As the wreckage is exposed it is easy to forget what a lasting impression Mr.Bloom made on the retailing of household durables in this country. Before his arrival manufacturers tried to sell at the highest possible prices the appliances they found it most convenient to make, competing mainly on advertising claims of better performance and new technical tricks. Over a time the consumer gets more performance for his money ,at each conventional price level, but what he did not get was a chance to buy a given grade of machine cheaper. Now five years the customer is king of price as well as design.
“If the British economy is not sufficiently competitive wrote Harold Wincott in the Financial Times, if established industry is too solidly wedded to price maintenance, we need more John Blooms not fewer of them” and in a provocative letter to The Times Ralph Harris Director of the Institute of Economic Affairs wrote ” Mr. Bloom has already done more for economic growth in Britain than many of its verbal champions in NEDC and Elsewhere”
Since being made bankrupt in 1969, little was heard of Bloom until 1972. He remains married to his wife Anne, mother of his two children. He published his own book It’s no sin to make a profit in 1971.
Books by John Bloom
Those of you starting to read this book who are aged under 55 might be surprised to learn that from the late Fifties through until the mid Sixties retailing in Britain was not so different to Soviet Russia. In fact the only real difference was that in Russia, prices were set by the State, and in Britain they were set by the Establishment. British retailing was far from the free market we live in today. Back then, retailers were forbidden to sell goods below the manufacturers fixed retail price. The manufacturers set the price and the public simply had to pay it, no deals, no discounts, no choices and that’s where this story begins.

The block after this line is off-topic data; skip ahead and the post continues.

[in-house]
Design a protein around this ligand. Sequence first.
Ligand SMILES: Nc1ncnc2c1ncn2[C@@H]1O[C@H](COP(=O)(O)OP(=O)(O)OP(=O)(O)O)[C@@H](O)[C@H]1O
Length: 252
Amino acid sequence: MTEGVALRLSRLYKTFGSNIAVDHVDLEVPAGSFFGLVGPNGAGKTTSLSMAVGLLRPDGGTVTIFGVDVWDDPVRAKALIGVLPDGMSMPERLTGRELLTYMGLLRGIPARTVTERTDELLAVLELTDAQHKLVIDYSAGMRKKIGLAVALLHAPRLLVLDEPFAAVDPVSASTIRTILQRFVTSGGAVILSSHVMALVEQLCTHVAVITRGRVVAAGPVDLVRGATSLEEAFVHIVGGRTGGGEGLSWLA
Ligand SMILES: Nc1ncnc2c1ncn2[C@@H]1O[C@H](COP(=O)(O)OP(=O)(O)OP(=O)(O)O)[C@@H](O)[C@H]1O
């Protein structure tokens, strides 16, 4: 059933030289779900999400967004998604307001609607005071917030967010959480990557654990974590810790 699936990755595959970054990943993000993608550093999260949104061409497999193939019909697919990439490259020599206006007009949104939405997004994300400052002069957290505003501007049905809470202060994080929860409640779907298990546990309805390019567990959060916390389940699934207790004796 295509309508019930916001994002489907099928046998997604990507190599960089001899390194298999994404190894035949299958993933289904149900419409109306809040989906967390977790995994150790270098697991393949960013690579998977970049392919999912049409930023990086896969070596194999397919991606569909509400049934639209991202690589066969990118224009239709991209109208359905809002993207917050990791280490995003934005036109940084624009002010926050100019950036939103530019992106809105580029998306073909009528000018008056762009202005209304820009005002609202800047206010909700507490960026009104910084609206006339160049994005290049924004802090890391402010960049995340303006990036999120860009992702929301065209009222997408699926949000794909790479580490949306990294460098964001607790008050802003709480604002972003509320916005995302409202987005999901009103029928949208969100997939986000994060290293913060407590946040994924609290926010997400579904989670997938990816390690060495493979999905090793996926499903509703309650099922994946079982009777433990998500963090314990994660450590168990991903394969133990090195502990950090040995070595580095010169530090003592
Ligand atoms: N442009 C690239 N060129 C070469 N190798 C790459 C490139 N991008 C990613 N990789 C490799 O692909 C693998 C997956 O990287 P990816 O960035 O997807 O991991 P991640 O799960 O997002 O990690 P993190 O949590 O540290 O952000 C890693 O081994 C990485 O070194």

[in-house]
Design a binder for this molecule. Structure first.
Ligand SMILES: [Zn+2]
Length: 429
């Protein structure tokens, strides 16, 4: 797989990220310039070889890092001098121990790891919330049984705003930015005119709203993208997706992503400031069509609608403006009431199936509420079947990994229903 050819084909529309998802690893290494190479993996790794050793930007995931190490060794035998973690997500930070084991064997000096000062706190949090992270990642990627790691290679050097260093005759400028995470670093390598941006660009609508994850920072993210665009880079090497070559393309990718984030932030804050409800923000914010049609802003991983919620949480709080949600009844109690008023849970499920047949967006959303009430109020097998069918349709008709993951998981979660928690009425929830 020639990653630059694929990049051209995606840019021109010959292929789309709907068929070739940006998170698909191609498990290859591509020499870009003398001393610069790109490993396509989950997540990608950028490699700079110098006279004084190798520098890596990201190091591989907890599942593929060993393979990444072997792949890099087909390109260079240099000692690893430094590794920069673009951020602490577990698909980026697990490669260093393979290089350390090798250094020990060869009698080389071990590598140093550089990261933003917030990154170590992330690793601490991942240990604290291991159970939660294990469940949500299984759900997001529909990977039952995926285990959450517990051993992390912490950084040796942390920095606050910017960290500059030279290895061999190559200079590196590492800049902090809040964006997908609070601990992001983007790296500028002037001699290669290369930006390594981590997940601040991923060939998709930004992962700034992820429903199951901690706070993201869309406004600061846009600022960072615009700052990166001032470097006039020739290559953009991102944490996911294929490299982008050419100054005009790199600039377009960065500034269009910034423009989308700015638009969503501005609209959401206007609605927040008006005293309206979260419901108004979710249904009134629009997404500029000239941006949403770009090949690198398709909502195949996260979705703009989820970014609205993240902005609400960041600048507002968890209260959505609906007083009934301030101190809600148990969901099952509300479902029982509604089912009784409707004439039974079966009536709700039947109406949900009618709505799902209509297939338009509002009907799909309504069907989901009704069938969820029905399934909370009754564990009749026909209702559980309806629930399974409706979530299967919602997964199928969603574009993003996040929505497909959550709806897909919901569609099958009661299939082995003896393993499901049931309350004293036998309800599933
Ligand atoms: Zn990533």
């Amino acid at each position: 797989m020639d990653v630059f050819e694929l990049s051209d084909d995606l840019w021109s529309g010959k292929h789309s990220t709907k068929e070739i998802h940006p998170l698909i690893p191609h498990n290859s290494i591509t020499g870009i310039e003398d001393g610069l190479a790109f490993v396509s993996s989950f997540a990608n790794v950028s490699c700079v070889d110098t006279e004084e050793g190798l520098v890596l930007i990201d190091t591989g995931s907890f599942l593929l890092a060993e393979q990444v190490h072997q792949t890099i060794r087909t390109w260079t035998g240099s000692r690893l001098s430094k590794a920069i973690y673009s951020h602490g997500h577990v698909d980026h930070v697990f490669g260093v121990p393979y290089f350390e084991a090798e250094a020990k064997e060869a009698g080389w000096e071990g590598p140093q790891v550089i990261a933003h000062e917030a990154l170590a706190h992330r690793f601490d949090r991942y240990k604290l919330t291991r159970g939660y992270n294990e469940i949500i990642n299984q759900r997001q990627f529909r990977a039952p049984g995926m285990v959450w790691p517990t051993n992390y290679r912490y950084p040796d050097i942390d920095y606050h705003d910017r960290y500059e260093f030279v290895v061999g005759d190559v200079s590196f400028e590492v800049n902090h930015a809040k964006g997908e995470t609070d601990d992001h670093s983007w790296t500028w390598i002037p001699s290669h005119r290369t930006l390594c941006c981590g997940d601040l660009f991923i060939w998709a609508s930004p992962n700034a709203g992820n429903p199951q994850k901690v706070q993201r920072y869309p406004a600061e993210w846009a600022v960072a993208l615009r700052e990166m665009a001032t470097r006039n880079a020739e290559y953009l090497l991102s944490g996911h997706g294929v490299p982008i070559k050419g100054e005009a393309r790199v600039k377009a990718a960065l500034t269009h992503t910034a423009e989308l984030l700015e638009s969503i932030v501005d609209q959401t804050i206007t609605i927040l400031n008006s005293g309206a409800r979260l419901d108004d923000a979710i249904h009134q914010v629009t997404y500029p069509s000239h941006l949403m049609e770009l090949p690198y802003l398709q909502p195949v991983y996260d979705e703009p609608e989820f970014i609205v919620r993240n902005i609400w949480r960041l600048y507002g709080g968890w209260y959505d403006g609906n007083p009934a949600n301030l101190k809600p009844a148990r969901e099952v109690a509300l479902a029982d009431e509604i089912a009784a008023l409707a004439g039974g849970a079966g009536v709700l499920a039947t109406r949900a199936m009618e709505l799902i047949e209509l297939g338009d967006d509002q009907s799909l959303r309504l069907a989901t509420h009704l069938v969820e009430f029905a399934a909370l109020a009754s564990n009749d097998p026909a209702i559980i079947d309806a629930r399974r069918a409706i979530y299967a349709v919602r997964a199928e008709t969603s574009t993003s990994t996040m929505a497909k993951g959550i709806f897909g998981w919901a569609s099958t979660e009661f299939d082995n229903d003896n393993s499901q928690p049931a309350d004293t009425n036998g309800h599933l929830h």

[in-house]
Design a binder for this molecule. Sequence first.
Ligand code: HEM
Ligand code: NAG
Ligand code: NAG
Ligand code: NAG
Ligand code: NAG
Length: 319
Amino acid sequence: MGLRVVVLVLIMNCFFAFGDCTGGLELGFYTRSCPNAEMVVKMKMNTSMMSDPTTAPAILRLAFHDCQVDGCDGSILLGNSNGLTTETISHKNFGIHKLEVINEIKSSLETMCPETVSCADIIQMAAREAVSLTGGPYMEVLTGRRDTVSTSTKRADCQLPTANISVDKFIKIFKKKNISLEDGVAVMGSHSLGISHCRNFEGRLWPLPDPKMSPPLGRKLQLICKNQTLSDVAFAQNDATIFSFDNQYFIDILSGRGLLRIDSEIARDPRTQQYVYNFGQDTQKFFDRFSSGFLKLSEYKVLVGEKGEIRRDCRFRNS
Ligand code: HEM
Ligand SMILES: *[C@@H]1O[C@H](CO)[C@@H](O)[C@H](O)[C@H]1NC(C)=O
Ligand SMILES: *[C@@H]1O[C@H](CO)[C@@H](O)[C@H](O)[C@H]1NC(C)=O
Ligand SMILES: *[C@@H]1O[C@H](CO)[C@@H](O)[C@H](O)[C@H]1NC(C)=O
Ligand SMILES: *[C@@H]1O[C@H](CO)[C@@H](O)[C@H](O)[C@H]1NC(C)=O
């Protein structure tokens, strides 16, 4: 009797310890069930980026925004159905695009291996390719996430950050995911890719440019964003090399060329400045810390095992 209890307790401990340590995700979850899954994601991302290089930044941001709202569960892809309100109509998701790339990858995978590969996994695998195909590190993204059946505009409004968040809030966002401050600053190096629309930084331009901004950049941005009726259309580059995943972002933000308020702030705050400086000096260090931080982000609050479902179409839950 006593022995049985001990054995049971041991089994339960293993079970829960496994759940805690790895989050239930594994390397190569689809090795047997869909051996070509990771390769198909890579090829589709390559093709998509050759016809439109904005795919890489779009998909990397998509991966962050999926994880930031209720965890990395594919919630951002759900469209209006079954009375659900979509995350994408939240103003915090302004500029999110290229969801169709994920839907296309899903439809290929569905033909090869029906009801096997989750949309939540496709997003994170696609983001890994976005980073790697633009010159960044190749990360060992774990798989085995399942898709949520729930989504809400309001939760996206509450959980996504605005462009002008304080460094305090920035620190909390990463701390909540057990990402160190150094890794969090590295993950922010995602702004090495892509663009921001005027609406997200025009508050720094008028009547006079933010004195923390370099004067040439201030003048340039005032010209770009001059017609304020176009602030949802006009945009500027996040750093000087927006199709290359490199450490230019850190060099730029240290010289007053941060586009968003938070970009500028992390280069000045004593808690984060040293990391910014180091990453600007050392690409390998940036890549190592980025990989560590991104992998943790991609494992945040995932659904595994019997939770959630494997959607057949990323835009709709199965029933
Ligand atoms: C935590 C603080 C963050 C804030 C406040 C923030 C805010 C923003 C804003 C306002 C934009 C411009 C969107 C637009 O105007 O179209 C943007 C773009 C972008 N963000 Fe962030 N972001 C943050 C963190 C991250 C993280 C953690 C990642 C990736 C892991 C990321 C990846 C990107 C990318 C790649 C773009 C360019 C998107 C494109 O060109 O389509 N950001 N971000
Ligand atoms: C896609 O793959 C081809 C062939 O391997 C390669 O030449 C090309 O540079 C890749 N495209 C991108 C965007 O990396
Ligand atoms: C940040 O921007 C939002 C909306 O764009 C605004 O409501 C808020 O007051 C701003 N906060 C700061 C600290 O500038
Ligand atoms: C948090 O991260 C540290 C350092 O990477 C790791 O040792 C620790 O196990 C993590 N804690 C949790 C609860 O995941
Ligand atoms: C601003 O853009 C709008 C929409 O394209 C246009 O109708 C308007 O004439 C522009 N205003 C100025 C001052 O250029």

I was 27 years old, a high school reject, looking for a future, following two years national service, six years of dead end jobs and several failed ventures, I stumbled upon the world of direct selling; the rest as they say, is history. Not only did direct selling change my life, but also it changed the lives of almost every housewife and household in the country. How I hear you ask? Simple by offering the public at large a fair deal at a fair price on things we take for granted today.
Washing Machines, Fridges and Vacuum Cleaners these were all luxury appliances well beyond the means of the average British household; that is until I came along and upset the applecart. I could not possibly have imagined the roller coaster ride that was to follow. I fought to abolish retail price maintenance and won but lost a fortune in the process.
With this book I hope to entertain and amuse you with just some of my adventures and perhaps share with you a more human glimpse into the lives of the people both famous and infamous that I have met along my way. This is my life, well at least some it I hope you enjoy reading about as much as I have enjoyed living it.